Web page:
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Instagram will soon begin placing “false information” labels on certain posts in an attempt to stop the spread of fake news.
The new policy, outlined this week in a press release from Facebook, will apply not only to posts on a user’s main feed but to the app’s Stories feature as well.
Facebook, which owns Instagram, says the false information label is part of the company’s ongoing efforts to “protect the democratic process” in the run-up to the 2020 presidential election.
“We have a responsibility to stop abuse and election interference on our platform,” Facebook said. “That’s why we’ve made significant investments since 2016 to better identify new threats, close vulnerabilities and reduce the spread of viral misinformation and fake accounts.”
Decisions on which posts will receive the label will be made internally by Facebook’s team of independent fact-checkers.
Once a post has been debunked, users can choose to view the “false information” post anyway or learn why the content received the false information label. Users who still wish to share a flagged post will receive a warning before being allowed to proceed.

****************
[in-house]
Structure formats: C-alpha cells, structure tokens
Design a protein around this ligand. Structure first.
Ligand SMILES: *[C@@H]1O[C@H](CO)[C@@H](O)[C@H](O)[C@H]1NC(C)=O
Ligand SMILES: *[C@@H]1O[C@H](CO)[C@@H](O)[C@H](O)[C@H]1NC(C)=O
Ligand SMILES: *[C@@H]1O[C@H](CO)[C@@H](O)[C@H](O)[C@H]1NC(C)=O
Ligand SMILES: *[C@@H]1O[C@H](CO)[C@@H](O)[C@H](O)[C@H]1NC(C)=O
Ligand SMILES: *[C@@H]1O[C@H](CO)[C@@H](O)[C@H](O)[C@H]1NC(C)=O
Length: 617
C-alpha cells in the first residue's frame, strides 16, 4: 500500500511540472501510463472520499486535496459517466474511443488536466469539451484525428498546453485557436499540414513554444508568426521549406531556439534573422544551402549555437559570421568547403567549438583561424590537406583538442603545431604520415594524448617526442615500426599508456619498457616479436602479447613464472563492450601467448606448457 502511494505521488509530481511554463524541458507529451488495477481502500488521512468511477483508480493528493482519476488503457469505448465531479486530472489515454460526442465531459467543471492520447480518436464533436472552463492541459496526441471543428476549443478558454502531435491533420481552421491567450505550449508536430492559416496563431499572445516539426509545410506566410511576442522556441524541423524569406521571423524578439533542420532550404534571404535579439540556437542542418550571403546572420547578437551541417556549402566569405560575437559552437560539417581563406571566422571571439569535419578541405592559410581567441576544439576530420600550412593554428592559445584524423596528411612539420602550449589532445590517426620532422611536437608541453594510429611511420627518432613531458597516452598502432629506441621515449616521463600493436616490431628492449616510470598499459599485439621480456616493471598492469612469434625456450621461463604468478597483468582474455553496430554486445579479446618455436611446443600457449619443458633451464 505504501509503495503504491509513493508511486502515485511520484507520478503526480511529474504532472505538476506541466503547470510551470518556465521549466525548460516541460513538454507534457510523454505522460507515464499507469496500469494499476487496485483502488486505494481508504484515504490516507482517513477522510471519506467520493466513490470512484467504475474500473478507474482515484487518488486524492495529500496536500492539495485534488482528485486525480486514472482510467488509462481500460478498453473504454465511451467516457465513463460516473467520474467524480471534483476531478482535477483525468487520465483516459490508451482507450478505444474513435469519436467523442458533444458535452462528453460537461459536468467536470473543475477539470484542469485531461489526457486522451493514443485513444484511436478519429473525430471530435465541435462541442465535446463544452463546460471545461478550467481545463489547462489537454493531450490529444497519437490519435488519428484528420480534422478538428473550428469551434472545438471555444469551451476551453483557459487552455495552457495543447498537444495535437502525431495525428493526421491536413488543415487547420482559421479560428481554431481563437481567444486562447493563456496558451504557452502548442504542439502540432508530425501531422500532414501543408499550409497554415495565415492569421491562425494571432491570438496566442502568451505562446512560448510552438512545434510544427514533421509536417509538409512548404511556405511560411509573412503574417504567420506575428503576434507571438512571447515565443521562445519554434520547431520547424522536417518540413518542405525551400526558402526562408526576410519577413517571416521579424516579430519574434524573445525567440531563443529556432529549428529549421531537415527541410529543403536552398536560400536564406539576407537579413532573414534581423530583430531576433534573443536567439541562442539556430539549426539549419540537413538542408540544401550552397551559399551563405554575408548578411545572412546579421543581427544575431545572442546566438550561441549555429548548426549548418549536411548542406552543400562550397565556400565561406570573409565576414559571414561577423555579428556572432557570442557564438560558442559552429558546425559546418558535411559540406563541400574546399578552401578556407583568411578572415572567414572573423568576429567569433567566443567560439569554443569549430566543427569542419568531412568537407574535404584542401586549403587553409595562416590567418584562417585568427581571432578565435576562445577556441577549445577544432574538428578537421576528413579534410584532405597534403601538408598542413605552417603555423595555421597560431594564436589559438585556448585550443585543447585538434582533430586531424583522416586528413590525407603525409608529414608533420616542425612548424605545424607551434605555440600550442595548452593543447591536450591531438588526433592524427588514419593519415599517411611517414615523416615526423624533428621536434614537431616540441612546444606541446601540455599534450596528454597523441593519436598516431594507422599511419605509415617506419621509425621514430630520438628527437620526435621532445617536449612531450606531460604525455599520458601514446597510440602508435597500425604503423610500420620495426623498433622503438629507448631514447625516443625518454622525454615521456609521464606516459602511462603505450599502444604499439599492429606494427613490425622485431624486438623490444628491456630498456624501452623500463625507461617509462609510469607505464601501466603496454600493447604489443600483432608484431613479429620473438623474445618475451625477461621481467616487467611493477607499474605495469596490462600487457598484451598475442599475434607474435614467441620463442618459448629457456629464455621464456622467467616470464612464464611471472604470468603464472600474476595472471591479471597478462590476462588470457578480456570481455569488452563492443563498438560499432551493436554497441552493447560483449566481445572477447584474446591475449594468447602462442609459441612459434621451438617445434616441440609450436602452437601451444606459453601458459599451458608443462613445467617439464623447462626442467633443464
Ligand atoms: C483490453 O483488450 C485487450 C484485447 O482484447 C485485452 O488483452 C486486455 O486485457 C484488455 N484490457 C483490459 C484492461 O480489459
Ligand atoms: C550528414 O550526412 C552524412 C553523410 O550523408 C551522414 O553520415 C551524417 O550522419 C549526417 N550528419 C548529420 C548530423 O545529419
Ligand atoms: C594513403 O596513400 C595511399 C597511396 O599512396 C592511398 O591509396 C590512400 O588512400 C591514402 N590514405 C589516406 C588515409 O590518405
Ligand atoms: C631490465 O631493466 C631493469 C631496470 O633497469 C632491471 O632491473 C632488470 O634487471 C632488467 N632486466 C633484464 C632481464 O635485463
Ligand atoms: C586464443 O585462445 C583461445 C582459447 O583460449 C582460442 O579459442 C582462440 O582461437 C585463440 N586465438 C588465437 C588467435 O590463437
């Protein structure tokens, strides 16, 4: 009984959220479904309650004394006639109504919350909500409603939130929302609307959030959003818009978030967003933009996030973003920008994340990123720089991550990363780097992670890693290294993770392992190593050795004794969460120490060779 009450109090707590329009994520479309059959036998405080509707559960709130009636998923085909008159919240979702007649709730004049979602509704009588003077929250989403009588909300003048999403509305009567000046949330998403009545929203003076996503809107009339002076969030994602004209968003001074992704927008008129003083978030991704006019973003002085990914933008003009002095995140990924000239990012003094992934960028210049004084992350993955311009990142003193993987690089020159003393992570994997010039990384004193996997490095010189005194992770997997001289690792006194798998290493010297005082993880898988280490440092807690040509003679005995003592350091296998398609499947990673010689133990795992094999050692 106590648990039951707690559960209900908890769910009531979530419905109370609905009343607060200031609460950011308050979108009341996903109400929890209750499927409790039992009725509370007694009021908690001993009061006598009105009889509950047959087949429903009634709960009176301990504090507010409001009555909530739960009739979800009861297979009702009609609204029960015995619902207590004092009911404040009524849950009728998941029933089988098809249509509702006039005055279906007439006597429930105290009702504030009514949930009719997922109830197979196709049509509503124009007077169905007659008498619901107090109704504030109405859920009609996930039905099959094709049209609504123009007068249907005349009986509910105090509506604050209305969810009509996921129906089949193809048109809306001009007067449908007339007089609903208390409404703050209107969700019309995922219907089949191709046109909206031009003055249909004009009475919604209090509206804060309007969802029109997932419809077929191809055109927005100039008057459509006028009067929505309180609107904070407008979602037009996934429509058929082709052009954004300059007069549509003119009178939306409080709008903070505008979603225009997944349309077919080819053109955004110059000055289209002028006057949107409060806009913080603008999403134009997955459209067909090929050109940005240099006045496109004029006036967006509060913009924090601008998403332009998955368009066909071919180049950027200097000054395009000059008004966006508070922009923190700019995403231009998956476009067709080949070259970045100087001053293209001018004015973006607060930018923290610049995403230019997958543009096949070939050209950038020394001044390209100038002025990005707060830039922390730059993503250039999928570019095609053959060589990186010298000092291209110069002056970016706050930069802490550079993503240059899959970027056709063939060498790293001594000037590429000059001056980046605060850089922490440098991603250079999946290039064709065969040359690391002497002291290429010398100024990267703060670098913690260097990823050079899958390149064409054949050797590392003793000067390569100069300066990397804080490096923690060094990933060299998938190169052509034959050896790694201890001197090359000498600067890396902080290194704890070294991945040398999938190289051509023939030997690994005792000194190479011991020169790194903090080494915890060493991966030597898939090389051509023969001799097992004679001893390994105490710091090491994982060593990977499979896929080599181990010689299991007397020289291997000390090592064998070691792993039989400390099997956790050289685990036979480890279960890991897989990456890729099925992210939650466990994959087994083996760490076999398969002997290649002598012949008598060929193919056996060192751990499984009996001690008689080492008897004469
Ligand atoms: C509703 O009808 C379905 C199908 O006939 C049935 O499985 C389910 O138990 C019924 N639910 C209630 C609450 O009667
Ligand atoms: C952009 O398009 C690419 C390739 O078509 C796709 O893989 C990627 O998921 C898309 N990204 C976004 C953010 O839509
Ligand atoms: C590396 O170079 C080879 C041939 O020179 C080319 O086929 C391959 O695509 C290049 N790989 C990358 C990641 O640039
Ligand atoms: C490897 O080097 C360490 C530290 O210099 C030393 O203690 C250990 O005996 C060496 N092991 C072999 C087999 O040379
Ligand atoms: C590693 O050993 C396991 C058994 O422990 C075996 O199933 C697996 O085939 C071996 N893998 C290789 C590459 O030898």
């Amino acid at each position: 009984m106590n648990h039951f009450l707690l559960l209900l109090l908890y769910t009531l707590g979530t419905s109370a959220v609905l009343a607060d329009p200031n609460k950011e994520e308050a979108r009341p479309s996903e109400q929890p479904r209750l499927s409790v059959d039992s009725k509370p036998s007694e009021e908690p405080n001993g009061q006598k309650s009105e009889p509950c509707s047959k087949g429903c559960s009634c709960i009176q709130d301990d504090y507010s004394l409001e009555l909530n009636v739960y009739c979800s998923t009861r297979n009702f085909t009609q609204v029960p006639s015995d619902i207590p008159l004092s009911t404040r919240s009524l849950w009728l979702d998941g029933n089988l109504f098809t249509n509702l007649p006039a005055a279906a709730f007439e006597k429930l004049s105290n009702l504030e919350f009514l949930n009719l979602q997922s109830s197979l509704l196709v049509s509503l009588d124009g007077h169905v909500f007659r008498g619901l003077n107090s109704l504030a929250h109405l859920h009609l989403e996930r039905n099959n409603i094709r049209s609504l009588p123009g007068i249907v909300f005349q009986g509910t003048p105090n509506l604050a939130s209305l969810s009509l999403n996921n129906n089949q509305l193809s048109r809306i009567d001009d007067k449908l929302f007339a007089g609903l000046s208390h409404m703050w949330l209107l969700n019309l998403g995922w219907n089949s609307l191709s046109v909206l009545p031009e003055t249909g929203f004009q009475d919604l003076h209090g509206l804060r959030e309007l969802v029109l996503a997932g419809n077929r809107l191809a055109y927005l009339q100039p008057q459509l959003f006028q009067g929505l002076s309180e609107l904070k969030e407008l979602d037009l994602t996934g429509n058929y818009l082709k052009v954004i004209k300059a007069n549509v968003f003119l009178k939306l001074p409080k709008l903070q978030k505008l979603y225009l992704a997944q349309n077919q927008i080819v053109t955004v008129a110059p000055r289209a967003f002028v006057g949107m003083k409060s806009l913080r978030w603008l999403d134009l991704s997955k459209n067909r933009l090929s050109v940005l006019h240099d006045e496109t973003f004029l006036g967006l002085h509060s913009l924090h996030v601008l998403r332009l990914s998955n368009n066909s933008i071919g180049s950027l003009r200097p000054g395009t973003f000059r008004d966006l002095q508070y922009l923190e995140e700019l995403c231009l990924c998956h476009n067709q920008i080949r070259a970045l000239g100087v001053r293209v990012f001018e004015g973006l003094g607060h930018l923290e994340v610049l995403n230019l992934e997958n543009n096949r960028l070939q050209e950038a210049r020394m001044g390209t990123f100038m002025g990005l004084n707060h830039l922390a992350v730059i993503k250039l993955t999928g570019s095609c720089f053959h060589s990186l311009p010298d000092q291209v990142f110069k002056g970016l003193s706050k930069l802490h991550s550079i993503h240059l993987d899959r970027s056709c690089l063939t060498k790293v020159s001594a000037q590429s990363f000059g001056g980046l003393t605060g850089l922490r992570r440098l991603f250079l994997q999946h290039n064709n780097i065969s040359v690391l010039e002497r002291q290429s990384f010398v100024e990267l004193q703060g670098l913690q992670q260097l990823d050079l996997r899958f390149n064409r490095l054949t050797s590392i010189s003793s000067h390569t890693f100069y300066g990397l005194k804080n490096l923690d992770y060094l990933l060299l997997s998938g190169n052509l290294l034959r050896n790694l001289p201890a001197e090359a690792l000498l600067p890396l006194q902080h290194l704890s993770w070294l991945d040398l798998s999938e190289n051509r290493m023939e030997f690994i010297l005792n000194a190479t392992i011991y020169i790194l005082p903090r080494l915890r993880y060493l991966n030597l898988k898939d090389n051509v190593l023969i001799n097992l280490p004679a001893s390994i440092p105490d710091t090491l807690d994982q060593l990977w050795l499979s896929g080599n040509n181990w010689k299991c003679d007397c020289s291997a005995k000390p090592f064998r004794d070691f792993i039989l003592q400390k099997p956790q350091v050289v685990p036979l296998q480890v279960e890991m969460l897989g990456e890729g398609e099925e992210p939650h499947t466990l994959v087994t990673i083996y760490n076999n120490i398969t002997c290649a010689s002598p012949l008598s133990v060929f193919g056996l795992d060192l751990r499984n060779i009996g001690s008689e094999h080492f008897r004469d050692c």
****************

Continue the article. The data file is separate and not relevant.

“Independent fact-checkers say this post includes false information,” the warning says. “Your post will include a notice saying it’s false. Are you sure you want to share?”
Facebook added that it is also working to stop misinformation from going viral on Instagram. Since fact-checking takes time, the company notes, some posts may have their reach temporarily reduced until a decision can be made.
The social media company also said that it was investing resources into fighting foreign interference through its platforms as well as increasing the transparency on whose behind political ads.
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Mikael Thalen is a tech and security reporter based in Seattle, covering social media, data breaches, hackers, and more.